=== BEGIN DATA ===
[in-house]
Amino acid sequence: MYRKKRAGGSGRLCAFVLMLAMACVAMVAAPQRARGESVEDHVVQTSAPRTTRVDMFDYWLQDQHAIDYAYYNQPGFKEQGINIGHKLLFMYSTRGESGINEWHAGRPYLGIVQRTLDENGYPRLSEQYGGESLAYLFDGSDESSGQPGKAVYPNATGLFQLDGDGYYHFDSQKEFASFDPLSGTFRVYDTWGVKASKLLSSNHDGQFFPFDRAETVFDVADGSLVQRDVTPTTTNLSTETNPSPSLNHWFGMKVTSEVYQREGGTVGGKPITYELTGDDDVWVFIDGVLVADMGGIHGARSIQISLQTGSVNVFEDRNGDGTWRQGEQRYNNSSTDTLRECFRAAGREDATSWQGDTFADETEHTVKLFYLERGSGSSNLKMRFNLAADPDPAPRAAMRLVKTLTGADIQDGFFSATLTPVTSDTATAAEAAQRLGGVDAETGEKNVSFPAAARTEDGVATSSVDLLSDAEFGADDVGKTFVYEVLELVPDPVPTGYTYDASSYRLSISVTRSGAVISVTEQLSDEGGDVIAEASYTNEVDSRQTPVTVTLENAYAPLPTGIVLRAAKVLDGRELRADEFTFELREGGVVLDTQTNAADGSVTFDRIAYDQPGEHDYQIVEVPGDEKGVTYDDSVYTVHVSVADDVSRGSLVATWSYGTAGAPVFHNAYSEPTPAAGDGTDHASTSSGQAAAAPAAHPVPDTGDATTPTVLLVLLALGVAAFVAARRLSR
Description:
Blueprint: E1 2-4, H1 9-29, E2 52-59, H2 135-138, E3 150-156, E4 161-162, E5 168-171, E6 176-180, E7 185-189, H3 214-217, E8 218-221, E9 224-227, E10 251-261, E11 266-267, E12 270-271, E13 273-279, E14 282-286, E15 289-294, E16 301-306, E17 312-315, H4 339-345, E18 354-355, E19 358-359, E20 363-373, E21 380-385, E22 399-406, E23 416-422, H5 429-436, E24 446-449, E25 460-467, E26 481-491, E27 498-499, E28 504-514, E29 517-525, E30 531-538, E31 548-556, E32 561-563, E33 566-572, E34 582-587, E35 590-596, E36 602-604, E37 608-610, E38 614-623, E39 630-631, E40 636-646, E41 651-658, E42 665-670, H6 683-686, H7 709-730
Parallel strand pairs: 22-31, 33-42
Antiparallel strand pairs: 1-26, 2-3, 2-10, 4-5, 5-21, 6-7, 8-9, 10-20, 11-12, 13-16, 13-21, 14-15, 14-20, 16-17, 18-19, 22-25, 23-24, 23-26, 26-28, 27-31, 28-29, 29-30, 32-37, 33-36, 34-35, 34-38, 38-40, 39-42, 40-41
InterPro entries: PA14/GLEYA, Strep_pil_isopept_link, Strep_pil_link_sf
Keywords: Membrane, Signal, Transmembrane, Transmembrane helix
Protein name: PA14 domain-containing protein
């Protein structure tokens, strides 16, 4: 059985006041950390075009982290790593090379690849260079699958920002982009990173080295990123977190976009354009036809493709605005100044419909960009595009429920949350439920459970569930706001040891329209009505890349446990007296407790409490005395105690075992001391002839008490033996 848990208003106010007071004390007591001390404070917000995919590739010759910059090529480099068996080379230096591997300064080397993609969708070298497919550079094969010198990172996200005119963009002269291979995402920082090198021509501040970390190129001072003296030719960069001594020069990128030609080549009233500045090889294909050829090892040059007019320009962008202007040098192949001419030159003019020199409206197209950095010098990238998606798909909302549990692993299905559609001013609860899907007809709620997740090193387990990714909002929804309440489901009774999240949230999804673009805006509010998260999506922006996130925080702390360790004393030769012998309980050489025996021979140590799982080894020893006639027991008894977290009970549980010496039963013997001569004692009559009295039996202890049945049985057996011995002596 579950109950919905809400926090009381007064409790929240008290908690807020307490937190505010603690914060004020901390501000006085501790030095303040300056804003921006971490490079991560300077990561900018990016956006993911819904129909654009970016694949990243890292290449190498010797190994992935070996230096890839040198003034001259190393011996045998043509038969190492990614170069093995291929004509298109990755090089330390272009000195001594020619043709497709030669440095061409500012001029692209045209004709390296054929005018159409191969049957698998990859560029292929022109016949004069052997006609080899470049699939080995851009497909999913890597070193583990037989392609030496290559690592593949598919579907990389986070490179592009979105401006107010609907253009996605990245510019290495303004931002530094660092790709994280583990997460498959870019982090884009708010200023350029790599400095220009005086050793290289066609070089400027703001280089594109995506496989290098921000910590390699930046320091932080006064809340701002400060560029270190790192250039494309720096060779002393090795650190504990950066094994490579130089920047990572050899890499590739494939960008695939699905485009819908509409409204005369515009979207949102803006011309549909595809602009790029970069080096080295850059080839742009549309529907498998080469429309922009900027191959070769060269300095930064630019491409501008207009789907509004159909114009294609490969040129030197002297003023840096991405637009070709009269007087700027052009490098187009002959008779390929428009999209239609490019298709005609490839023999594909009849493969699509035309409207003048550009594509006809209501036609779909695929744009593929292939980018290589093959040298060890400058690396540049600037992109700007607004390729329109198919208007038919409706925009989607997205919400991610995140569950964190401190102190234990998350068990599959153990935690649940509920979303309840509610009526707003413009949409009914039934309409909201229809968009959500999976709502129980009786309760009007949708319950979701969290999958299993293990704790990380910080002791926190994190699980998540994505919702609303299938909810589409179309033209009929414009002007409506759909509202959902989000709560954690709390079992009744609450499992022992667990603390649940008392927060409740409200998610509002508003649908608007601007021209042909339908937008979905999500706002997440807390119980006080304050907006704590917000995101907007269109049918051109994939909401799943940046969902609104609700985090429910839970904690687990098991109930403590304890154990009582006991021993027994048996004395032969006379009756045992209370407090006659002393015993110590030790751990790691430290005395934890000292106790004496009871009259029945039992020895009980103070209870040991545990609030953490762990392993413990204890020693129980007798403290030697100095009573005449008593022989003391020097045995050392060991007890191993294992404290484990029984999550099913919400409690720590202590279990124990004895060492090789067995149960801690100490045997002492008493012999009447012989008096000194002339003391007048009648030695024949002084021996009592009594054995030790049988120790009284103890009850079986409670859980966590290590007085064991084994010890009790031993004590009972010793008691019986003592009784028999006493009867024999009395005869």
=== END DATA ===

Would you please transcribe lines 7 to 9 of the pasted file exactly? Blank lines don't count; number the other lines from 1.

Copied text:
InterPro entries: PA14/GLEYA, Strep_pil_isopept_link, Strep_pil_link_sf
Keywords: Membrane, Signal, Transmembrane, Transmembrane helix
Protein name: PA14 domain-containing protein